Dividend Deduction for C Corporations

Deduction for Dividends Paid to ESOP Participants
A tax incentive is provided for "passing-through" dividends on company stock to ESOP participants. A corporation will be permitted to deduct the amount of cash dividends paid on company stock held by an ESOP to the extent that participants (or beneficiaries) currently receive the dividends. The dividends must either be paid directly by the corporation to participants or be paid to the ESOP and distributed to participants within 90 days after the end of the plan year in which the dividends are paid to the ESOP. The dividends will be fully taxable to participants, but will be exempt from income tax withholding. The deduction is allowed for the taxable year in which the dividends are paid to participants. In addition, participants may be offered the opportunity to choose between a current distribution of the dividend and a reinvestment of the dividend into company stock.
 
Deduction for Dividends Applied to ESOP Loan Payments
A corporation may deduct the amount of cash dividends paid on company stock held by an ESOP and purchased with the proceeds of an ESOP loan (both allocated and unallocated shares) to the extent that the dividends are used by the ESOP to make payments on that ESOP loan. Special ESOP allocation rules may apply when dividends on allocated shares are used to make loan payments. The tax deduction is allowed for the taxable year in which the dividends are used for loan payments. The deduction is generally available only for "reasonable" dividends. This tax incentive significantly enhances the ability to finance ESOP transactions on a pre-tax basis.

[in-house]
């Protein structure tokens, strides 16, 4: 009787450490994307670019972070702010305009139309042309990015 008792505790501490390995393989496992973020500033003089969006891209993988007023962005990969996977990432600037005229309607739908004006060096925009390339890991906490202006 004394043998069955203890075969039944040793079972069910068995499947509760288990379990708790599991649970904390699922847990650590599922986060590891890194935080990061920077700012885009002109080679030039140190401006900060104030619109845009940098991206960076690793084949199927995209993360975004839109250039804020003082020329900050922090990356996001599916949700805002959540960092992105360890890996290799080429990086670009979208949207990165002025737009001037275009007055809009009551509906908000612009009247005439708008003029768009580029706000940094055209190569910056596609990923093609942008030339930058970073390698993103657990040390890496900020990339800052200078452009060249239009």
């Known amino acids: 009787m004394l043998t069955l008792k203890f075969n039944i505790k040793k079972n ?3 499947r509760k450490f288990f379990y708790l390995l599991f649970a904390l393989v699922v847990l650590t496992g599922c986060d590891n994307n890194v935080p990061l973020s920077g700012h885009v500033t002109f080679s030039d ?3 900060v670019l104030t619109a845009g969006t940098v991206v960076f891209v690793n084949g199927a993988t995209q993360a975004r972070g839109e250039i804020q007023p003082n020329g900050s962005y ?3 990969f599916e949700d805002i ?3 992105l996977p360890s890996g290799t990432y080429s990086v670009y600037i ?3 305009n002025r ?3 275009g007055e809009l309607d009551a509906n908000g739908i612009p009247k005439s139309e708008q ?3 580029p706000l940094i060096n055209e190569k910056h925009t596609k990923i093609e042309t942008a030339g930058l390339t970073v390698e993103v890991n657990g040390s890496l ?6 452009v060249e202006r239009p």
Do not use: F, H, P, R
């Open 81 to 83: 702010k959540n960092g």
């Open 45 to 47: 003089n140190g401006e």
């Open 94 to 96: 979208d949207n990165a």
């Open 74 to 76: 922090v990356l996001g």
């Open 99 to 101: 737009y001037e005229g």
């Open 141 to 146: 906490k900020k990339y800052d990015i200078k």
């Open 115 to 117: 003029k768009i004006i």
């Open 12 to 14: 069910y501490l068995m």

S Corporation ESOPs

Since 1998, an ESOP has been permitted to be a shareholder of an "S" corporation. An ESOP is not subject to tax on its share of the S corporation's taxable income. The deduction for contributions to an S corporation ESOP will be limited to 25% of covered payroll even if the contributions are used for payments on an ESOP loan. In addition, dividends paid on S corporation stock in an ESOP will not be tax-deductible, and tax-deferred treatment will not be available to a shareholder who sells S corporation stock to an ESOP. The combination of the tax flow nature of S corporations and the tax exempt status of ESOPs permits a business to eliminate most if not all of its federal income tax if the ESOP becomes the 100% owner of the S corporation.

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ESOP DEFINED
Lawyers at ESOP Law Group are experts in ESOP law throughout the US